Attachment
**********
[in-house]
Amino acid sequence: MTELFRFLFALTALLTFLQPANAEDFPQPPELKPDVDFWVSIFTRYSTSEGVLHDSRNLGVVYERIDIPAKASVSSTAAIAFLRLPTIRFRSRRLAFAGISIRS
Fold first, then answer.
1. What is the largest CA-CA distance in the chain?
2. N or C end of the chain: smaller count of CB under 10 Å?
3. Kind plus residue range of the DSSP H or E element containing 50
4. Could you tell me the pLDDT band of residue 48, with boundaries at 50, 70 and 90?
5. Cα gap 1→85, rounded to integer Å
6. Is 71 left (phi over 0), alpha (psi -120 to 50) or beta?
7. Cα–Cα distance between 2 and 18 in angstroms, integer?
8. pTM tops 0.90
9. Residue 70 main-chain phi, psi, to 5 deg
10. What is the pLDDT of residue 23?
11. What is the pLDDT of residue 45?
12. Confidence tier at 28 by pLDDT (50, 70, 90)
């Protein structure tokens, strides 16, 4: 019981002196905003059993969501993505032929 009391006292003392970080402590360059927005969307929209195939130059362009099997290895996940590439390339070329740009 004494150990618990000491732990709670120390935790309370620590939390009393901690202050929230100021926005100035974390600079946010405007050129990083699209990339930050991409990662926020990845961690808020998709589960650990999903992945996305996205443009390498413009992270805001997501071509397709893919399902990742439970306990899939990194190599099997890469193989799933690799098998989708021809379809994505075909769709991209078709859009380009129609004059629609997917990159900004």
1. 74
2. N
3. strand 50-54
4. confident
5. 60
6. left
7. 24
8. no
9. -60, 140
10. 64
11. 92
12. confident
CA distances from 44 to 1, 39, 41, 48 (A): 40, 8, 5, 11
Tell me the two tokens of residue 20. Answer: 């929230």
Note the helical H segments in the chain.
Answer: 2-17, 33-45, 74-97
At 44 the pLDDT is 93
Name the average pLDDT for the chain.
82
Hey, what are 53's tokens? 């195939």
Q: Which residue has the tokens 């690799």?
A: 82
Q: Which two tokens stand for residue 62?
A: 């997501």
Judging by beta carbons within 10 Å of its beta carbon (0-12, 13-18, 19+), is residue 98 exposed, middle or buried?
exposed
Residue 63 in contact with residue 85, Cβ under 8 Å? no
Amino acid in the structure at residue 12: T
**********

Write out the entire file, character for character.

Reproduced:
[in-house]
Amino acid sequence: MTELFRFLFALTALLTFLQPANAEDFPQPPELKPDVDFWVSIFTRYSTSEGVLHDSRNLGVVYERIDIPAKASVSSTAAIAFLRLPTIRFRSRRLAFAGISIRS
Fold first, then answer.
1. What is the largest CA-CA distance in the chain?
2. N or C end of the chain: smaller count of CB under 10 Å?
3. Kind plus residue range of the DSSP H or E element containing 50
4. Could you tell me the pLDDT band of residue 48, with boundaries at 50, 70 and 90?
5. Cα gap 1→85, rounded to integer Å
6. Is 71 left (phi over 0), alpha (psi -120 to 50) or beta?
7. Cα–Cα distance between 2 and 18 in angstroms, integer?
8. pTM tops 0.90
9. Residue 70 main-chain phi, psi, to 5 deg
10. What is the pLDDT of residue 23?
11. What is the pLDDT of residue 45?
12. Confidence tier at 28 by pLDDT (50, 70, 90)
């Protein structure tokens, strides 16, 4: 019981002196905003059993969501993505032929 009391006292003392970080402590360059927005969307929209195939130059362009099997290895996940590439390339070329740009 004494150990618990000491732990709670120390935790309370620590939390009393901690202050929230100021926005100035974390600079946010405007050129990083699209990339930050991409990662926020990845961690808020998709589960650990999903992945996305996205443009390498413009992270805001997501071509397709893919399902990742439970306990899939990194190599099997890469193989799933690799098998989708021809379809994505075909769709991209078709859009380009129609004059629609997917990159900004």
1. 74
2. N
3. strand 50-54
4. confident
5. 60
6. left
7. 24
8. no
9. -60, 140
10. 64
11. 92
12. confident
CA distances from 44 to 1, 39, 41, 48 (A): 40, 8, 5, 11
Tell me the two tokens of residue 20. Answer: 């929230």
Note the helical H segments in the chain.
Answer: 2-17, 33-45, 74-97
At 44 the pLDDT is 93
Name the average pLDDT for the chain.
82
Hey, what are 53's tokens? 């195939």
Q: Which residue has the tokens 């690799």?
A: 82
Q: Which two tokens stand for residue 62?
A: 């997501």
Judging by beta carbons within 10 Å of its beta carbon (0-12, 13-18, 19+), is residue 98 exposed, middle or buried?
exposed
Residue 63 in contact with residue 85, Cβ under 8 Å? no
Amino acid in the structure at residue 12: T